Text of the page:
Q: How has the pandemic reshaped your message about the importance of financial literacy?

A: The full economic impact of COVID-19 may not be known for years to come, but the immediate repercussions have clearly shown the importance of budgeting, savvy saving and preparing for the unexpected. In addition, it is also increasingly clear that an entrepreneurial mindset – based on adaptability, creativity and innovation – will be key for helping the next generation navigate a shifting work force and growing gig economy.

Q: What are the most common questions about financial literacy that you get from kids involved with JA?

A: Students are very interested in the world of investing and making money. Our Investment Strategies Program – an online, real-world stock market simulation – attracts thousands of students who sign up to learn about how they can use the market to succeed. Building credit and understanding credit scores are also of interest to our younger students. We teach the basics of using credit, and students are often curious about building a credit score from a young age.

Q: What can parents do at home to reinforce lessons of FinLit, work readiness?

A: Taking time to explore online games and learning tools can be very helpful – JA Central Ontario’s online programs allow parents to walk through key concepts alongside their children. Using interactive games and real-life examples, these programs can help parents bring concepts to life and complement learning at home and in the classroom. Parents can put important financial-literacy skills into practice day-to-day. Using a regular allowance, parents can show how saving, spending and investing can directly affect kids and help them in the future.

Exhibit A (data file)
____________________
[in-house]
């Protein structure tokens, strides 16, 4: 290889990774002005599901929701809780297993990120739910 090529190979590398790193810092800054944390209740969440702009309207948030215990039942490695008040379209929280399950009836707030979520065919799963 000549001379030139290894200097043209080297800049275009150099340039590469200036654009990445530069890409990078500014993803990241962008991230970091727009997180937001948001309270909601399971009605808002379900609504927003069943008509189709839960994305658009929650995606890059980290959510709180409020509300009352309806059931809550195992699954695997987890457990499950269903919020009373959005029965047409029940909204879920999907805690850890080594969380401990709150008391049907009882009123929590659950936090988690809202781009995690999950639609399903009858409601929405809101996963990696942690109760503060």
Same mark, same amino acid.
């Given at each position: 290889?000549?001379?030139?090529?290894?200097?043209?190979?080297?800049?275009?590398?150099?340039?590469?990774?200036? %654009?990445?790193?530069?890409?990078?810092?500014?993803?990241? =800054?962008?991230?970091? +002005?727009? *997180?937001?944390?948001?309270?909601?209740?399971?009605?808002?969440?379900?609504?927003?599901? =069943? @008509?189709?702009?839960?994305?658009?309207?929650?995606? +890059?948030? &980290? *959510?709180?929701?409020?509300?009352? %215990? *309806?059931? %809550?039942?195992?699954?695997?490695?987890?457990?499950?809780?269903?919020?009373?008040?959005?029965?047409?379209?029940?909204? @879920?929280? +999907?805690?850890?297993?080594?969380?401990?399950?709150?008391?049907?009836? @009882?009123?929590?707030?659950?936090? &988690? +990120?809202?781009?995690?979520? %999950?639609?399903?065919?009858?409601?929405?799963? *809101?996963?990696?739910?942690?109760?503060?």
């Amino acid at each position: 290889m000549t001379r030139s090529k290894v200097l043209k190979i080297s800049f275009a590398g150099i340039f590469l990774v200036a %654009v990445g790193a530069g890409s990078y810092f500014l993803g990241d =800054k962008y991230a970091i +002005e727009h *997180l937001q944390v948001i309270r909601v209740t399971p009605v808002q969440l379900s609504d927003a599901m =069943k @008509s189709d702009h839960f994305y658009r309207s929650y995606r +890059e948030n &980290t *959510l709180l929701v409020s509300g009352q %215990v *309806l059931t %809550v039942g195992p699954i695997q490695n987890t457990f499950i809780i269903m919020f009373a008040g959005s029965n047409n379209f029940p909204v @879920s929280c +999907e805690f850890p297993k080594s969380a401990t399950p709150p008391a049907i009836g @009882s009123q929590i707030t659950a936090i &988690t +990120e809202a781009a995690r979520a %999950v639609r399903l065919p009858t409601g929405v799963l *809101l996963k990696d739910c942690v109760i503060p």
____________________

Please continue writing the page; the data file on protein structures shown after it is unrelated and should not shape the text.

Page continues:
Do you have a question for me? Send it my way. Sorry I can’t answer every one personally. Questions and answers are edited for length and clarity.

Today’s financial tool

A fun way to educate yourself on topics like debt, shopping for investments, scams and more – the Cranial Cash Clash from, a website funded by the Ontario Securities Commission.

The money-free zone

Too late for Halloween, but worth your attention – Ill Will by Dan Chaon is the best-written scary book I’ve read.

Looking for financial help?

Has COVID derailed your financial plan? Are you worried about retirement? Get some free advice from The Globe and Mail about your unique financial situation by emailing to be part of our Financial Facelift series.

You can share your story under a false name, and our photographers will obscure your identity in one of our trademark Financial Facelift photos. We’re especially keen to hear from the young, the struggling, the self-employed, the partially-employed, restaurant workers, freelancers, contract workers and small-business owners. Hopefully our advice can help you weather these stormy times and help make sure your financial future is secure.

What I’ve been writing about

  • Reasons to stop worrying the pandemic will be followed by a plague of tax increases
  • Finally, GIC investors get their own online broker to shop the market for top rates (for Globe Unlimited subscribers)
  • Have robo-advisers just been outflanked by a cheaper, better way to invest? (for Globe Unlimited subscribers)

More Rob Carrick and money coverage